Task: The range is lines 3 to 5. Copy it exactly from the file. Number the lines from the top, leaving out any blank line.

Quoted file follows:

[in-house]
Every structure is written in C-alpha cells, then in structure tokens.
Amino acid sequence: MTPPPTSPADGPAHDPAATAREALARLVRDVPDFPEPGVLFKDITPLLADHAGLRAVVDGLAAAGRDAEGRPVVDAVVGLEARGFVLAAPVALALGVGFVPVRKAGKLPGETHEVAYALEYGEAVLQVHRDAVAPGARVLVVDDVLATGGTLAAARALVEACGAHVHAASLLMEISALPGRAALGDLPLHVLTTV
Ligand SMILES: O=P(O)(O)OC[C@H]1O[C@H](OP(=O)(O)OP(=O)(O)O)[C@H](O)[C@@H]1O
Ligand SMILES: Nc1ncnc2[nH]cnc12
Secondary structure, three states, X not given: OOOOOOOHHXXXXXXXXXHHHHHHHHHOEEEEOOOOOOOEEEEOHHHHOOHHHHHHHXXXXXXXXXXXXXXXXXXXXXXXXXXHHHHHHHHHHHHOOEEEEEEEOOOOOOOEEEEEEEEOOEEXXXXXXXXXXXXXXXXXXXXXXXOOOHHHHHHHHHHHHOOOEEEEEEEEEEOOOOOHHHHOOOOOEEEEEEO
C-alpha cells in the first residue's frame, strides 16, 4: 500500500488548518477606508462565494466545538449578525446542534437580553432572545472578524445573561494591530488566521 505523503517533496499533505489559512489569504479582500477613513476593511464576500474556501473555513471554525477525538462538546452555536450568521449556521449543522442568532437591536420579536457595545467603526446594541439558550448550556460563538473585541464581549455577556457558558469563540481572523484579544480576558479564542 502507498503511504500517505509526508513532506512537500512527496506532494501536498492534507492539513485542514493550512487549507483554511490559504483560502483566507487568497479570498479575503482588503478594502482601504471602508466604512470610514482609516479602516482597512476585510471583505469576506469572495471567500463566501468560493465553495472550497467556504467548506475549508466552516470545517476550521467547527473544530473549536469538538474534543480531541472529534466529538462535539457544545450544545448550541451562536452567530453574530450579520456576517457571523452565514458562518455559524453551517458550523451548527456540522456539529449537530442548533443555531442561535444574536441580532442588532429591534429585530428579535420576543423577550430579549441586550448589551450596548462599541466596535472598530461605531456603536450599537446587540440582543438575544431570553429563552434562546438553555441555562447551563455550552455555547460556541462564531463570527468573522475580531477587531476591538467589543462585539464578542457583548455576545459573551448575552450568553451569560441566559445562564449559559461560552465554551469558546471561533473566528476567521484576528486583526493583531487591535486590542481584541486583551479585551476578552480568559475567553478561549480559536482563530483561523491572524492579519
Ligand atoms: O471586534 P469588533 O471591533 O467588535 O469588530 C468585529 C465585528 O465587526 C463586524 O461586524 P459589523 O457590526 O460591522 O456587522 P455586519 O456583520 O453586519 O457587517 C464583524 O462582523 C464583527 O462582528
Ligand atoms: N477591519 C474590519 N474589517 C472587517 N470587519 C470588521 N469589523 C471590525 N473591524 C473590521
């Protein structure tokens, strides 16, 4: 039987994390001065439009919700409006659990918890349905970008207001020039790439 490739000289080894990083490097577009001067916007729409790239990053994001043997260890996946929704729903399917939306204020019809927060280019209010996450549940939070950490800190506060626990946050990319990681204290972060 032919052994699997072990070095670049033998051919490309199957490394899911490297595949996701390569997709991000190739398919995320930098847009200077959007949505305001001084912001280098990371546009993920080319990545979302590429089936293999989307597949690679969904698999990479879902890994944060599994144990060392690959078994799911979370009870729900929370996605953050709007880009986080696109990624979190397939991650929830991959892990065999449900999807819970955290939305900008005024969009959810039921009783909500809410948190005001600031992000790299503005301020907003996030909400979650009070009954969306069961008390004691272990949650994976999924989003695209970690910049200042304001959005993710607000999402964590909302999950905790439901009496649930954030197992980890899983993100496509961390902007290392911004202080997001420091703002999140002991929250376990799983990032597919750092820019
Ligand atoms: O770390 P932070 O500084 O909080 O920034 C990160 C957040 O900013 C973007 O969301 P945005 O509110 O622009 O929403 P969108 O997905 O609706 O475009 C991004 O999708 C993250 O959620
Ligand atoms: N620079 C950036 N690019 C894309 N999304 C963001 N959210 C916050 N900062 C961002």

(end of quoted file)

Amino acid sequence: MTPPPTSPADGPAHDPAATAREALARLVRDVPDFPEPGVLFKDITPLLADHAGLRAVVDGLAAAGRDAEGRPVVDAVVGLEARGFVLAAPVALALGVGFVPVRKAGKLPGETHEVAYALEYGEAVLQVHRDAVAPGARVLVVDDVLATGGTLAAARALVEACGAHVHAASLLMEISALPGRAALGDLPLHVLTTV
Ligand SMILES: O=P(O)(O)OC[C@H]1O[C@H](OP(=O)(O)OP(=O)(O)O)[C@H](O)[C@@H]1O
Ligand SMILES: Nc1ncnc2[nH]cnc12